By Julia Marsh
Wednesday, November 25, 2009
Pro-choice activists are battling to keep the House's Stupak-Pitts amendment out of the Senate version of the health care bill. In doing so, they find themselves squaring off against an old, nearly forgotten barrier: the 1977 Hyde amendment.
For two decades after its passage, Hyde helped pave the way for the expansion of federal funding restrictions on abortion to women in the military, in federal prison, Native Americans, poor residents in D.C., and Peace Corps volunteers.
In 1977 the late Rep. Henry Hyde, R-Ill., explained his vision for the amendment that bears his name.
"I certainly would like to prevent, if I could legally, anybody having an abortion, a rich woman, a middle-class woman, or a poor woman. Unfortunately, the only vehicle available is the…Medicaid bill," he said.
The Hyde amendment suffered multiple blows as lawsuits brought in individual states successfully allowed states to extend abortion coverage through their Medicaid programs.
In light of that, Rep. Jerrold Nadler, D-N.Y., a member of the House Pro-Choice Caucus, recently expressed a widespread view--before the passage of Stupak-Pitts--that Hyde was "ancient history." He also told Women's eNews that opposing sides in Congress had been at a "stalemate" over Hyde for years.
With 23 states using their own funding for abortion in their Medicaid programs, the House Pro-Choice Caucus and other pro-choice groups paid little attention to Hyde as a potential element in health reform politics.
Days before the House vote, however, the U.S. Conference of Catholic Bishops caught pro-choice advocates off guard by rejecting the Capps amendment as insufficiently stringent and citing Hyde as a reason to restrict abortion coverage in health insurance reform. Stupak carried that argument into Congress.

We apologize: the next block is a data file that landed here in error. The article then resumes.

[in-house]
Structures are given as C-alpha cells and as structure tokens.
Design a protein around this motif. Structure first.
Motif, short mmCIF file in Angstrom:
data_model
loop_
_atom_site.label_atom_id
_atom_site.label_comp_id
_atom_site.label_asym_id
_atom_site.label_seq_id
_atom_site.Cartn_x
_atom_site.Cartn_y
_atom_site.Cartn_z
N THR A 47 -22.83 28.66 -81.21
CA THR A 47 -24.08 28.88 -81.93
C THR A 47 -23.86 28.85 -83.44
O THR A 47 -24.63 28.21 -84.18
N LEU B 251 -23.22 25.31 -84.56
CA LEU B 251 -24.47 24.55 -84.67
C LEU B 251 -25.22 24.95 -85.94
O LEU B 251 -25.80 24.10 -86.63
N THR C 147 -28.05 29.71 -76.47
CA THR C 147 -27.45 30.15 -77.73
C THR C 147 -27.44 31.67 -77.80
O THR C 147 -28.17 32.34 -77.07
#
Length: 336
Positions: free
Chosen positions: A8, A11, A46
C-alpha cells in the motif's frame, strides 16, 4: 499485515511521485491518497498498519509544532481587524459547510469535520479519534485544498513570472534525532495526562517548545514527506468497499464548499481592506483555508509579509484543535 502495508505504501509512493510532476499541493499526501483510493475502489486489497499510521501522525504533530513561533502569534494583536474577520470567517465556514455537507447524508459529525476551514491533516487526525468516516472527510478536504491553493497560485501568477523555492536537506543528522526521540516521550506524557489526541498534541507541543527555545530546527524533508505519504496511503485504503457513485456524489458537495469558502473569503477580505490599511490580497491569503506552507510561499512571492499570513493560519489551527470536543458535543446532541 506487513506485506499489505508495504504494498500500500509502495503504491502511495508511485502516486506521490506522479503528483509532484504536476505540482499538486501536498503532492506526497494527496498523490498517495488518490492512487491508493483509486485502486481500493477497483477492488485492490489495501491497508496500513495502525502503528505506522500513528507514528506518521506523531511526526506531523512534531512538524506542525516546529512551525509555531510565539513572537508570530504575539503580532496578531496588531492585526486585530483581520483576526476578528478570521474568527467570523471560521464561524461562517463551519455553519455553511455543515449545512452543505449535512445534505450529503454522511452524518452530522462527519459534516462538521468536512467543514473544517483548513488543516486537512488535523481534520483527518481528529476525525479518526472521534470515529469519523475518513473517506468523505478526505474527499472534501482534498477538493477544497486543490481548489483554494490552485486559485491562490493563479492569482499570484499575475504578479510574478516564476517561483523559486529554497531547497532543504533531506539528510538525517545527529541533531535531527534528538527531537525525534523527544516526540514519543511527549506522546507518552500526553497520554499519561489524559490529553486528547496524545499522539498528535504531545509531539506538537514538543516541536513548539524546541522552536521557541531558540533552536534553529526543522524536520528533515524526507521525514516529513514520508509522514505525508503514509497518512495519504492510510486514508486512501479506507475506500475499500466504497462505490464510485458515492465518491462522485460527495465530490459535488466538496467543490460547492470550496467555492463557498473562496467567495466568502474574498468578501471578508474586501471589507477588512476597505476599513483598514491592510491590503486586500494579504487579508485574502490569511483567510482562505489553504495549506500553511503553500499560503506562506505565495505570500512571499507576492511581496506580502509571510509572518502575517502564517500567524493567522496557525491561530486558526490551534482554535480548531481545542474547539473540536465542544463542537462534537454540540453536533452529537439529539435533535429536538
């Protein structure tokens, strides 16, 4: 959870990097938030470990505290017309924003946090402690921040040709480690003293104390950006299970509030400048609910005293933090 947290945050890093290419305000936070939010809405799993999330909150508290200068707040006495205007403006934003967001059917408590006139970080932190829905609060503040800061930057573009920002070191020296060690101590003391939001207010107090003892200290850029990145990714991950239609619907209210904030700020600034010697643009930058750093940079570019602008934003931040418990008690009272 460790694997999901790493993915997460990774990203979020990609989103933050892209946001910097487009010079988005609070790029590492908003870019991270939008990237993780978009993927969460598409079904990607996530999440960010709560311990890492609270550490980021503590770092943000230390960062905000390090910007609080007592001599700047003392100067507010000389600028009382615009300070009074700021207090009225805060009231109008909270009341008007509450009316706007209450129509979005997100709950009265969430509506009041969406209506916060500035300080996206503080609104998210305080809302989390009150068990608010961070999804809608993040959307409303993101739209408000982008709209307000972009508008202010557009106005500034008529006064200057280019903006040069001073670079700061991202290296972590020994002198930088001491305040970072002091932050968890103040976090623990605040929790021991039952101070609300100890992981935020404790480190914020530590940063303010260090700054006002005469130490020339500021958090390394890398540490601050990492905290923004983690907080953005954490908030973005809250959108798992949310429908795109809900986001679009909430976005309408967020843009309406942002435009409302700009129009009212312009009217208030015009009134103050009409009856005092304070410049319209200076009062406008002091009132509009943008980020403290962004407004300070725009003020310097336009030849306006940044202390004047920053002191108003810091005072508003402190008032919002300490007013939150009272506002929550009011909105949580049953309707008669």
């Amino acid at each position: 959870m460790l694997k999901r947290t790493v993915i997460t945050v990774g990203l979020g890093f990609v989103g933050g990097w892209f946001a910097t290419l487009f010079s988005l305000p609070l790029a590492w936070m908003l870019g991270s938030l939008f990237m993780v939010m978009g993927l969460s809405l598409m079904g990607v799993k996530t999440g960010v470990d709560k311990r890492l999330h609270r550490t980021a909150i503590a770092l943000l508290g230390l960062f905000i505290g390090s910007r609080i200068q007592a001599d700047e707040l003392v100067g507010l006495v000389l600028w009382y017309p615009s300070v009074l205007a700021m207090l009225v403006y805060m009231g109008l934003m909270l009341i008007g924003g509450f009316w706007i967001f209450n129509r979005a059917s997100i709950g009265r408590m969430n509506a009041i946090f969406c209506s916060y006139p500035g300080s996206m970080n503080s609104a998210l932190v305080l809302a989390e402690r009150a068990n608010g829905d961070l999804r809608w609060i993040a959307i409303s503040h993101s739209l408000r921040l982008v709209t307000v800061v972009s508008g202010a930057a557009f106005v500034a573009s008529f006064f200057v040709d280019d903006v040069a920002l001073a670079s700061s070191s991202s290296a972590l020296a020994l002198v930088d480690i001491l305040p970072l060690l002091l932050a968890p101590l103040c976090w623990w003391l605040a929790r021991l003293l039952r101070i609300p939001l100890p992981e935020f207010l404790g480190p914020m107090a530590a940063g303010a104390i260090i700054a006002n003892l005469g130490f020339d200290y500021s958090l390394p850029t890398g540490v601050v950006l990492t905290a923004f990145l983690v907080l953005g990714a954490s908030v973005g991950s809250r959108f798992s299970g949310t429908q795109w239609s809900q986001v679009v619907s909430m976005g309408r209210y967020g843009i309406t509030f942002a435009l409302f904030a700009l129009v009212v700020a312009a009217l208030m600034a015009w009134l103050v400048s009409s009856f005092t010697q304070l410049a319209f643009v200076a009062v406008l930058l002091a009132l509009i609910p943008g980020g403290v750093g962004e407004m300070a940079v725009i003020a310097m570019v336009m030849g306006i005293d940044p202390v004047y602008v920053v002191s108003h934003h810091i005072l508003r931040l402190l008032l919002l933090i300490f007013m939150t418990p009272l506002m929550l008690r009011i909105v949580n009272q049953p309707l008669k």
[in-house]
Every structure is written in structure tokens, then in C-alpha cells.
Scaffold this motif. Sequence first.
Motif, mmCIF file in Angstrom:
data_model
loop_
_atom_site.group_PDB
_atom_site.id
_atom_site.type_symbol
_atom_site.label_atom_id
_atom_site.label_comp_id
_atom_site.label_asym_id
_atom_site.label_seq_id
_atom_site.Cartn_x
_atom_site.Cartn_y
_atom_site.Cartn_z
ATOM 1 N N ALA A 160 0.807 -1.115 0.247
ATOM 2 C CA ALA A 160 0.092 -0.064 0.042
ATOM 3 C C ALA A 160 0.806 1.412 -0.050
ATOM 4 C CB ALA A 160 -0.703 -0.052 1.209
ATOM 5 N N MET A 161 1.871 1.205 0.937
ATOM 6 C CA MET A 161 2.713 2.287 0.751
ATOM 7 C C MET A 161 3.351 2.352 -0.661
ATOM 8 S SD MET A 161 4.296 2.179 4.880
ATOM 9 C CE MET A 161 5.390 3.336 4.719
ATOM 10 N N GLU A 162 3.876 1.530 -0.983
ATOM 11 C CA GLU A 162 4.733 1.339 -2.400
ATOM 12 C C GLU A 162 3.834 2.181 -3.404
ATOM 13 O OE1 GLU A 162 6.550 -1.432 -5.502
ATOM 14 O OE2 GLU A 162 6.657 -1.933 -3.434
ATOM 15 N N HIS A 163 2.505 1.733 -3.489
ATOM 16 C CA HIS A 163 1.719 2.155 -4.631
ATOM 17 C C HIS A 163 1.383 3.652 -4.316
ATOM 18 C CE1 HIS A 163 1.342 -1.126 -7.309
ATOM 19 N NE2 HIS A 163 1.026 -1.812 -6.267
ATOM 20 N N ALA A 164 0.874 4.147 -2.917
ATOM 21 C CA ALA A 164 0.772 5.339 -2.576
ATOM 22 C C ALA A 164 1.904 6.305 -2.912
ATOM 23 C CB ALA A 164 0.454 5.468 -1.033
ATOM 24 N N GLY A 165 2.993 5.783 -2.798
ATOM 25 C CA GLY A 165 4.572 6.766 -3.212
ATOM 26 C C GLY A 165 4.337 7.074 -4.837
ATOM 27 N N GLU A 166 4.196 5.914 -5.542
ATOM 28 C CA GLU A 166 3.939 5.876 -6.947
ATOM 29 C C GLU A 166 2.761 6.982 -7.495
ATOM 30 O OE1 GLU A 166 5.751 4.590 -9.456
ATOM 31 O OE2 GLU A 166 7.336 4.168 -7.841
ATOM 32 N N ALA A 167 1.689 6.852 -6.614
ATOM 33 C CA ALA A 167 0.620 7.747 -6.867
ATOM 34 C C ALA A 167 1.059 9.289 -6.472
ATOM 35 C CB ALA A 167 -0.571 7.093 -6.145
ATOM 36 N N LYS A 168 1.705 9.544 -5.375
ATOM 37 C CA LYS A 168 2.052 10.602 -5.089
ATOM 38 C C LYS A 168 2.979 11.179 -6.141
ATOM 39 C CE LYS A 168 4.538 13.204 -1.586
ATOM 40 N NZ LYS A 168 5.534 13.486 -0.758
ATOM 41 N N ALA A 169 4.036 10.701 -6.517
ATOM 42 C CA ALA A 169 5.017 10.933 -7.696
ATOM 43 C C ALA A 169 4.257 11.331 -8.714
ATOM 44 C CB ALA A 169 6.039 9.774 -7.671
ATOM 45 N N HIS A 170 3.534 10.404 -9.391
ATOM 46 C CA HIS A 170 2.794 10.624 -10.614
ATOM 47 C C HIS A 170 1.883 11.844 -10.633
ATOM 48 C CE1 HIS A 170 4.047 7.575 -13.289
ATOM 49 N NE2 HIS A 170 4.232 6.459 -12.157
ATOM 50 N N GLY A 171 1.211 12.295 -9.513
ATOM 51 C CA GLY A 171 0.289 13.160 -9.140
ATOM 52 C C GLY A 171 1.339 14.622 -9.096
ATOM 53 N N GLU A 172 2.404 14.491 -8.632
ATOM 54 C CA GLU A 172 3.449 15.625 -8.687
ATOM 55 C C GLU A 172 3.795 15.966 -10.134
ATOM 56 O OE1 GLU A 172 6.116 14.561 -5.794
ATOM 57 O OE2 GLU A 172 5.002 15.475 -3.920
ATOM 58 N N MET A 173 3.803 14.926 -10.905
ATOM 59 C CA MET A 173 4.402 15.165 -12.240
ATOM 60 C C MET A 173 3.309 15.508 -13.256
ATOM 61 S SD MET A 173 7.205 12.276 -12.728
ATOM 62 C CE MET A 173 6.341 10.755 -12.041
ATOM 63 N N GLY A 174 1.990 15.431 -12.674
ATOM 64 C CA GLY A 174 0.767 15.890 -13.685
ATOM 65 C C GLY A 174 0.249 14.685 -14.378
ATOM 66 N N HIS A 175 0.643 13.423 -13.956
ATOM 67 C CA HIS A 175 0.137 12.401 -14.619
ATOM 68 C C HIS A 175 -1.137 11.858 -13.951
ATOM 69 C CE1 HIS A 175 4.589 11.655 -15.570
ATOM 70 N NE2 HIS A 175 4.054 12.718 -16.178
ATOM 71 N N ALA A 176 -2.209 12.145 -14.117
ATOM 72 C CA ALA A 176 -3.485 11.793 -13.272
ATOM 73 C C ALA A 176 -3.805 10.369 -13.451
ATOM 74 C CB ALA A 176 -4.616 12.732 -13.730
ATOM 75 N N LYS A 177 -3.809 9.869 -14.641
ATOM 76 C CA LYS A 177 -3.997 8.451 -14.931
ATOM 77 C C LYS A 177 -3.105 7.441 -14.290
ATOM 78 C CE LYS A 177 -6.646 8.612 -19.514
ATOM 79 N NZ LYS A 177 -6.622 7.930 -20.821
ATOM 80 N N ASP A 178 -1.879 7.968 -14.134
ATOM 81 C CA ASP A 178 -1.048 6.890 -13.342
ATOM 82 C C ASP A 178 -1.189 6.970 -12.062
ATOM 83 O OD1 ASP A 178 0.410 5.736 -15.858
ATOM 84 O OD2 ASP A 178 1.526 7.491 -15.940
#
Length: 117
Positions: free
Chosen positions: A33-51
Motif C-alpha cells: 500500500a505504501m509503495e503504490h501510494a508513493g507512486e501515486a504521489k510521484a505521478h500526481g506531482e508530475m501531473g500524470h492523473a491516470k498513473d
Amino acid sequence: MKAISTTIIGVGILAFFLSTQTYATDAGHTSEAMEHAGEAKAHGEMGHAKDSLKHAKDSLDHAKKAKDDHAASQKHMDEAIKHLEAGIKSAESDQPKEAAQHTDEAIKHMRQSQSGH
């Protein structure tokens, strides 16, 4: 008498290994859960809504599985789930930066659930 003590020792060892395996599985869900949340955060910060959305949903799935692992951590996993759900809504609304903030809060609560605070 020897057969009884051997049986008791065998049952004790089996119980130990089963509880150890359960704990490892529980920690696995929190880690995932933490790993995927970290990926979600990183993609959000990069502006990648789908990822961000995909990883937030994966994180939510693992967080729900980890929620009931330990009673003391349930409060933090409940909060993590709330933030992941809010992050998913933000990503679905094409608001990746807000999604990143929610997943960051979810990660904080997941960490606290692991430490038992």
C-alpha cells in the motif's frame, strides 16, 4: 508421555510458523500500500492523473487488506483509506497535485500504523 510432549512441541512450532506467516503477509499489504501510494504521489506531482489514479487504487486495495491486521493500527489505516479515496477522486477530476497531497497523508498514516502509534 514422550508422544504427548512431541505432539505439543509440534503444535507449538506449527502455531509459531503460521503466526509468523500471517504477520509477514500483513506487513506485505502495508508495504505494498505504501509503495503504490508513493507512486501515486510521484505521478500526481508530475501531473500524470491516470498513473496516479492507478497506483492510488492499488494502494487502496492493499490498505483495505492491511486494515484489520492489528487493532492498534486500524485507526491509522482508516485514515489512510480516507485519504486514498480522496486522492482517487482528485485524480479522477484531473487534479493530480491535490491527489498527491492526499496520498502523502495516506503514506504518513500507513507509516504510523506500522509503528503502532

In presenting his amendment on the House floor, Stupak invoked Hyde five times in what opponents say was a deliberate effort to misrepresent his amendment as the status quo on the use of federal funds for abortion.
In hindsight, Laura MacCleery, director of government relations at the New York-based Center for Reproductive Rights, said Hyde was underestimated.
"I think the intention was that we would fight the fight on Hyde another day," she said. "It's obvious now what an advantage it gives anti-choice groups to have the Hyde restrictions in the background."
During the House debate anti-choice advocates, she said, managed to generalize Hyde's restrictions to cover all federal funding for abortion.
The amendment passed, with the help of 64 Democrats, by a vote of 240 to 194.
That leaves pro-choice advocates facing the need to settle an old political score, going back more than two decades.
"We've got to get the codification of Hyde out of our health care because abortion is health care," said NOW's O'Neill.
On Nov. 21, about 100 pro-choice advocates gathered outside the county courthouse in West Chester, Penn., waving signs saying "Keep Abortion Legal" and "Stop the War on Choice."
NOW sponsored the weekend rally to mobilize against the amendment and to support Lois Herr, who's challenging Pitts, Stupak's co-sponsor, in the 2010 elections.
Lisa Wickenheiser, a 34-year-old accounting representative from Ephrata, Penn., said she worries that Stupak-Pitts would jeopardize the reproductive rights of millions of women.
"It's going to stop coverage for middle class and working women," she said. "If we don't stop it now we're going to regret it later."
Julia Marsh is a D.C.-based correspondent covering domestic and foreign affairs for a Japanese newspaper.
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